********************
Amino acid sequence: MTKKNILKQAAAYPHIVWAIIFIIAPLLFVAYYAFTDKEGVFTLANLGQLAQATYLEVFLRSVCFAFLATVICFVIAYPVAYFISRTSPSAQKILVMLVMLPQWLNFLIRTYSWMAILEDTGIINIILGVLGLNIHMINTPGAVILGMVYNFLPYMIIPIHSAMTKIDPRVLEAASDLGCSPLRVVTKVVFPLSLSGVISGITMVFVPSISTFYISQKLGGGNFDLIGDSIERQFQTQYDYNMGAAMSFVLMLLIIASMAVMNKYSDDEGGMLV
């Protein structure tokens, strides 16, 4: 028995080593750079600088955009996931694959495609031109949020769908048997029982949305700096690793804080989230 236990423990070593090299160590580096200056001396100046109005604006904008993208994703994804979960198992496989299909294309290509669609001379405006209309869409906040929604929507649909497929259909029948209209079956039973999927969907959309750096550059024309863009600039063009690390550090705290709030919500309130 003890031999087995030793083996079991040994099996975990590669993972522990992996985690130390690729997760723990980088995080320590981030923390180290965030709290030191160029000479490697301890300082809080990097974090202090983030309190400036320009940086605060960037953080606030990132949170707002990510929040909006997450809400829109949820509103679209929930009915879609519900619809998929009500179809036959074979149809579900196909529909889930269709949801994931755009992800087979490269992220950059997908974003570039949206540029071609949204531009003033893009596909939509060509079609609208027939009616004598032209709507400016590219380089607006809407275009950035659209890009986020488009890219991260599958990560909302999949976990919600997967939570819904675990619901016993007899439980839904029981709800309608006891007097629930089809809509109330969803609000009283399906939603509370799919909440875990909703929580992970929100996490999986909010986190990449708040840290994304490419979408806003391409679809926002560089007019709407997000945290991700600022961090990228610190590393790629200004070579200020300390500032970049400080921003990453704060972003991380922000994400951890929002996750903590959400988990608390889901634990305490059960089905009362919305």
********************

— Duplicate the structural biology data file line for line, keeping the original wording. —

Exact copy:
Amino acid sequence: MTKKNILKQAAAYPHIVWAIIFIIAPLLFVAYYAFTDKEGVFTLANLGQLAQATYLEVFLRSVCFAFLATVICFVIAYPVAYFISRTSPSAQKILVMLVMLPQWLNFLIRTYSWMAILEDTGIINIILGVLGLNIHMINTPGAVILGMVYNFLPYMIIPIHSAMTKIDPRVLEAASDLGCSPLRVVTKVVFPLSLSGVISGITMVFVPSISTFYISQKLGGGNFDLIGDSIERQFQTQYDYNMGAAMSFVLMLLIIASMAVMNKYSDDEGGMLV
């Protein structure tokens, strides 16, 4: 028995080593750079600088955009996931694959495609031109949020769908048997029982949305700096690793804080989230 236990423990070593090299160590580096200056001396100046109005604006904008993208994703994804979960198992496989299909294309290509669609001379405006209309869409906040929604929507649909497929259909029948209209079956039973999927969907959309750096550059024309863009600039063009690390550090705290709030919500309130 003890031999087995030793083996079991040994099996975990590669993972522990992996985690130390690729997760723990980088995080320590981030923390180290965030709290030191160029000479490697301890300082809080990097974090202090983030309190400036320009940086605060960037953080606030990132949170707002990510929040909006997450809400829109949820509103679209929930009915879609519900619809998929009500179809036959074979149809579900196909529909889930269709949801994931755009992800087979490269992220950059997908974003570039949206540029071609949204531009003033893009596909939509060509079609609208027939009616004598032209709507400016590219380089607006809407275009950035659209890009986020488009890219991260599958990560909302999949976990919600997967939570819904675990619901016993007899439980839904029981709800309608006891007097629930089809809509109330969803609000009283399906939603509370799919909440875990909703929580992970929100996490999986909010986190990449708040840290994304490419979408806003391409679809926002560089007019709407997000945290991700600022961090990228610190590393790629200004070579200020300390500032970049400080921003990453704060972003991380922000994400951890929002996750903590959400988990608390889901634990305490059960089905009362919305």